LITTLE ROCK, Ark. (AP) — Arkansas' whirlwind week of granting of marriage licenses to same-sex couples ended Friday when the state Supreme Court ordered a temporary stop just as a final pair completed their paperwork at a Little Rock courthouse.
More than 540 gay couples received marriage licenses during the last week after a Pulaski County circuit judge declared the state's same-sex marriage ban unconstitutional. Hilda Jones and Kerin Hartsell, who drove 2½ hours from Chidester, were the last couple to receive a license just downstairs from Judge Chris Piazza's courtroom.
"When we got there and the lady said you have six minutes, we were like, 'Oh my gosh!'" Jones said. They rushed to fill out an application for a marriage license and wed moments later. "Today happened to be the day we both could get off work and get up here, and we barely made it."
Piazza's ruling a week earlier had triggered confusion for county clerks, and 69 of the 75 local officials declined to issue any. Arkansas Attorney General Dustin McDaniel, who favors marriage rights for gay couples but vowed to defend the state's laws, sought an emergency stay, as did lawyers for four counties.
The one-paragraph order by the justices put on hold Piazza's decision voiding a 2004 constitutional amendment defining marriage as between a man and a woman, plus a broader ruling he made Thursday after justices noted that a separate law that barred clerks from issuing same-sex marriage licenses remained on the books.
Pulaski County, the state's largest, had resumed issuing same-sex marriage licenses immediately after Piazza's ruling Thursday, while Washington County began issuing them again Friday morning. Conway County, too, said it would grant licenses to same-sex couples. Three counties that had issued licenses previously did not — Carroll, Marion and Saline.
"It's been a roller coaster ride," said Washington County Clerk Becky Lewallen. "We're issuing, we're not issuing, we're issuing, we're not issuing — it's been a mess." The validity of the licenses that were issued remained uncertain. McDaniel and Gov. Mike Beebe have said the high court will have to weigh in.
McDaniel has said he will appeal Piazza's ruling; a lawyer for gay couples who sued for the right to marry said he was hopeful justices would take up the case this year. "The handwriting's on the wall from the United States Supreme Court," attorney Jack Wagoner said. "Unless every court is reading the U.S. Supreme Court wrong, the days of barring same-sex couples from marrying are coming to an end."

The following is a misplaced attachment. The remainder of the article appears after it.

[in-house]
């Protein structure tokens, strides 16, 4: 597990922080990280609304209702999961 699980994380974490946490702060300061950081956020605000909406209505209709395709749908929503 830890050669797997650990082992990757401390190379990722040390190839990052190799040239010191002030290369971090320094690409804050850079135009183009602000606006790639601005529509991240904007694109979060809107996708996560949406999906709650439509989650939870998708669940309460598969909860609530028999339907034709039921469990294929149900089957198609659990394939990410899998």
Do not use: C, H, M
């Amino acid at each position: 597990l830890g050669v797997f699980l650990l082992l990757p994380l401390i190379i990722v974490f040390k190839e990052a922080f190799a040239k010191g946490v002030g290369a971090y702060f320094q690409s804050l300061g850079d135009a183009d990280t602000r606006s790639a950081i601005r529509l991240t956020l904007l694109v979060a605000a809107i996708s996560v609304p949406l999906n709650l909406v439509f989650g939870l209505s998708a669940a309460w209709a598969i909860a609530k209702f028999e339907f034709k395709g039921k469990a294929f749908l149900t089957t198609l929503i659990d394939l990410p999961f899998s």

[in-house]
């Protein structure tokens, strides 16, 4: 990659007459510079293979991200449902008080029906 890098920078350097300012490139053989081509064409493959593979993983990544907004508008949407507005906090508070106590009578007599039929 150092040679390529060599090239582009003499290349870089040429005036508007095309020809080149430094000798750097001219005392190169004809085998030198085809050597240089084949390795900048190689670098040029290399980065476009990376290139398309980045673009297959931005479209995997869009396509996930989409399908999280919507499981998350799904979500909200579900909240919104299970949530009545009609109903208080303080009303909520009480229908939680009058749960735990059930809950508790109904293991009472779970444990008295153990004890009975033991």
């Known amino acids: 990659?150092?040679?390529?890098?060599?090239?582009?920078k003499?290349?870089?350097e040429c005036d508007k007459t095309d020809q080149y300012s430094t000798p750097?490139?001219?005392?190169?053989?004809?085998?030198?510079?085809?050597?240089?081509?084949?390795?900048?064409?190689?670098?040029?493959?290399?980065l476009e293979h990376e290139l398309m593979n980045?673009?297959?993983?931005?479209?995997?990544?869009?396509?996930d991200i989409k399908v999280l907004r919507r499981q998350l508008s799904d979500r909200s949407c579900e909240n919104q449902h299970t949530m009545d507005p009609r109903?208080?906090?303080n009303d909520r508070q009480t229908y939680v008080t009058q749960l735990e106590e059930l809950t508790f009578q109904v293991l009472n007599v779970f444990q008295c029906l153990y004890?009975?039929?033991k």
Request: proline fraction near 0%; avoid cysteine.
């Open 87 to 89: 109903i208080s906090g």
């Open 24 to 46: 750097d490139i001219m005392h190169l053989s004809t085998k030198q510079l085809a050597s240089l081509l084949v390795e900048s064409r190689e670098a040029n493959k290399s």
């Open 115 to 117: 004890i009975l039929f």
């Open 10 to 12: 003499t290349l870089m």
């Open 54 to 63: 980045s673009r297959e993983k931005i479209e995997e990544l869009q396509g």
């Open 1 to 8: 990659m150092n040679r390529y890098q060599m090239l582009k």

McDaniel's office said the order ended the uncertainty for the state's clerks. "As this office stated in its pleadings, a stay prevents confusion and uncertainty until the Arkansas Supreme Court decides this matter on appeal," said McDaniel spokesman Aaron Sadler.
Seventeen other states allow gay marriage. Federal and state judges have ruled against bans in Michigan, Oklahoma, Utah, Virginia, Texas, Arkansas and Idaho and ordered Kentucky, Ohio and Tennessee to recognize same-sex marriages from other states. In some places judges have put their own orders on hold, while in others higher courts have done so after court clerks allowed some same-sex couples to marry.
In Idaho, plans for same-sex marriages to begin Friday were put on hold as the 9th U.S. Circuit Court of Appeals considered whether the governor and attorney general should have more time to file an appeal of a judge's ruling overturning its state ban. And a federal judge said he'll issue a decision next week on a constitutional challenge to Oregon's same-sex marriage ban.
The head of the Human Rights Campaign, the largest U.S. lesbian, gay, bisexual and transgender civil rights group, said he was hopeful Arkansas' ban would eventually fall. "We're confident that when the Supreme Court hears this case, they'll choose to be on the right side of history," said HRC President Chad Griffin, an Arkansas native. The group has asked the Justice Department to extend federal recognition to the couples.
The Arkansas Supreme Court had denied a request earlier in the week to stay Piazza's initial ruling, but still effectively halted same-sex weddings by noting that a separate law prohibiting clerks from issuing marriage licenses to same-sex couples was still on the books.
In his revised and expanded order, Piazza said no one in the state was harmed by the marriage licenses issued to same-sex couples.
Associated Press writers Christina Huynh and Kurt Voigt contributed to this report.